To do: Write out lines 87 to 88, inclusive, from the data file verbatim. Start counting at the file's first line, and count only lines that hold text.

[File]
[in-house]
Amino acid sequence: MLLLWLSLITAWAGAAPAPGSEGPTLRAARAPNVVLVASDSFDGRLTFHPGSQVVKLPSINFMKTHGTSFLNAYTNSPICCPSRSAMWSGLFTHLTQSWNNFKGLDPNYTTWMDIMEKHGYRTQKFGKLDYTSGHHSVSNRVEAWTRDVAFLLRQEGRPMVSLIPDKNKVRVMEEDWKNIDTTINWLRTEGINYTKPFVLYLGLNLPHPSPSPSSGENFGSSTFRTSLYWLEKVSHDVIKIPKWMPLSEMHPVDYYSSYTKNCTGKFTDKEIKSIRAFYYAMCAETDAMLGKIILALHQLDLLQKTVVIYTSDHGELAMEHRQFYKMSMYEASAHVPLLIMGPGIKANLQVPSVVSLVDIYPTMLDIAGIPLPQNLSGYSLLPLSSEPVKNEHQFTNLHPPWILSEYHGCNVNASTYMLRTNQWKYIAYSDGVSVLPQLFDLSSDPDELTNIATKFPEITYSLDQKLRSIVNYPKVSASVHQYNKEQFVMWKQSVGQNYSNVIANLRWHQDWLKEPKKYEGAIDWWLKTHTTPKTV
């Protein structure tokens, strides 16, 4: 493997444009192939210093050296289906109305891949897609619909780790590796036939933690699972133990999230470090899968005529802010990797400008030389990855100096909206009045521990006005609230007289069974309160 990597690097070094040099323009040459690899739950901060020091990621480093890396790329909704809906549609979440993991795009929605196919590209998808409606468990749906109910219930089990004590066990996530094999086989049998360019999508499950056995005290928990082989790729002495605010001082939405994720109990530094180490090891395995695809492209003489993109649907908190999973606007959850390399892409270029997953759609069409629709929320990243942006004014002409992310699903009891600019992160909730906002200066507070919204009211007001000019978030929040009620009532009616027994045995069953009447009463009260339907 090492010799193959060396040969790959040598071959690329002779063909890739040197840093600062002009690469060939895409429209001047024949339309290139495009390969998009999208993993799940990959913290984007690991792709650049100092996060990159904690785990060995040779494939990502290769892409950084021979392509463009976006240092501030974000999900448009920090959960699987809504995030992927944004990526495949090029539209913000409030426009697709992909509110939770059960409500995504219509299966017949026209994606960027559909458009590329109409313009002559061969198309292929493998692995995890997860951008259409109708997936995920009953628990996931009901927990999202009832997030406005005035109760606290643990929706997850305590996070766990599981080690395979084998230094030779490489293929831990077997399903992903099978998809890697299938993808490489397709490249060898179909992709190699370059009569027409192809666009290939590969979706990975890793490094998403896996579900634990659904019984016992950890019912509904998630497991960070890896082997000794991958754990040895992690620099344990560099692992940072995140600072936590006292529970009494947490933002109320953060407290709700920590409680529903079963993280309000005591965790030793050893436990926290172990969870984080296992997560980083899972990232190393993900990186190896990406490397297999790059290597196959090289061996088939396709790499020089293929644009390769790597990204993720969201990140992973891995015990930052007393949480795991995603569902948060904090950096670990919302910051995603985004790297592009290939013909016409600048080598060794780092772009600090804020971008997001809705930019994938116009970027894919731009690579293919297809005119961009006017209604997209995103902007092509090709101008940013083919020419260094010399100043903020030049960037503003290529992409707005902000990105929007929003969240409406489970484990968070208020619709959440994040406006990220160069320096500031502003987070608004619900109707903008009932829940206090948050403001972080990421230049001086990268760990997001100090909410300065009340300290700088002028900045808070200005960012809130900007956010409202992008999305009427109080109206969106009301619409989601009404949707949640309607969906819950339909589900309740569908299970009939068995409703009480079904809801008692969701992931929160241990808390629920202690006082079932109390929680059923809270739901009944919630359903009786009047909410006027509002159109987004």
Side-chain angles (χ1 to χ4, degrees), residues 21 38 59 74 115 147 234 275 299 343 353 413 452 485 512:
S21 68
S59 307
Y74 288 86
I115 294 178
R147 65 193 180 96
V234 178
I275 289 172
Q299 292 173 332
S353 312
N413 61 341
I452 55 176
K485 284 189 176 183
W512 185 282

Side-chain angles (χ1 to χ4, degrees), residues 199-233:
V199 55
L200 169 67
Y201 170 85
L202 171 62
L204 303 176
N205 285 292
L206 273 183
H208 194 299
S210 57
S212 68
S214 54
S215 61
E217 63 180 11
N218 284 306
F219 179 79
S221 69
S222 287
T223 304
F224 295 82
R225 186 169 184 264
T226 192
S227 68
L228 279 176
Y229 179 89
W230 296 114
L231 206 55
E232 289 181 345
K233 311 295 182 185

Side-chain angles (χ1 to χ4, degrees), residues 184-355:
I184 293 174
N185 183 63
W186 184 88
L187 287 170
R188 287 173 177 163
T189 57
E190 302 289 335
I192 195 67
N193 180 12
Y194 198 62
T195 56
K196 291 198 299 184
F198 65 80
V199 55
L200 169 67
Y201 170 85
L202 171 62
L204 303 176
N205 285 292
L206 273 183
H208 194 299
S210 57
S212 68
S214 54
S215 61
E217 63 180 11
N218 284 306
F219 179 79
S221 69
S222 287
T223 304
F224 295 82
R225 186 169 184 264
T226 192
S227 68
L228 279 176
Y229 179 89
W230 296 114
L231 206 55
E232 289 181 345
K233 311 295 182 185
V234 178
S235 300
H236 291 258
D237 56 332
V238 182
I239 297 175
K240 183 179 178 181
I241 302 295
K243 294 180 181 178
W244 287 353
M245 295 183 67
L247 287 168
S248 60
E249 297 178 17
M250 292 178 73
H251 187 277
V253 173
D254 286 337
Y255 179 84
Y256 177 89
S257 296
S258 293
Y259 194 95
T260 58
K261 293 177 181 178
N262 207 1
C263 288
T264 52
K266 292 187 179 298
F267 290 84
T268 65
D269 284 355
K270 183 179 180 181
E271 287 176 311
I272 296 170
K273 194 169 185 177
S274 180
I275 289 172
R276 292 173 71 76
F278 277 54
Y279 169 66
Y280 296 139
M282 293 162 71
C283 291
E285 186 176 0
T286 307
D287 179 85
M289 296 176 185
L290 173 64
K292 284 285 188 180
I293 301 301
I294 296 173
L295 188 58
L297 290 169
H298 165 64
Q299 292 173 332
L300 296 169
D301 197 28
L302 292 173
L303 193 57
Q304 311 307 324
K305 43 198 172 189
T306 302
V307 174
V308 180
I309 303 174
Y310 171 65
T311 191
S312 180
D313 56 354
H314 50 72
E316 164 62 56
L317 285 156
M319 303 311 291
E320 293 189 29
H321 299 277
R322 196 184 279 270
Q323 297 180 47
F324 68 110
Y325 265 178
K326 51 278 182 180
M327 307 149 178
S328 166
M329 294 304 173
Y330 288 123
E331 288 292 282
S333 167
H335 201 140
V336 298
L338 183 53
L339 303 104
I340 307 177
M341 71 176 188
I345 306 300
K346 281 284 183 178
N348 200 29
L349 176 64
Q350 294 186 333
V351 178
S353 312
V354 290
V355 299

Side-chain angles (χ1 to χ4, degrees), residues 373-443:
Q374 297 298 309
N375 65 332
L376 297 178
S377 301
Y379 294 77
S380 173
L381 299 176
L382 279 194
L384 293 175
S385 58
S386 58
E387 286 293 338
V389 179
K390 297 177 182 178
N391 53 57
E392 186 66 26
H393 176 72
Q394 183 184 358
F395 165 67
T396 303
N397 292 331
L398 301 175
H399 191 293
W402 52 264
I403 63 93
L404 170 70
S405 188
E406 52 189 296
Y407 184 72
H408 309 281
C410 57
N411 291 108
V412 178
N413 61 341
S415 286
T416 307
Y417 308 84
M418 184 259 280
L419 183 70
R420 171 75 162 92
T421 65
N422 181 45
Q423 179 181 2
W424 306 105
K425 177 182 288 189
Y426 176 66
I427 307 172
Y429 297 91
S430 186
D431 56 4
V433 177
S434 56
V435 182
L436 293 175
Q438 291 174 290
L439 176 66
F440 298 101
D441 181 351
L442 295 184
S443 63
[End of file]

E232 289 181 345
K233 311 295 182 185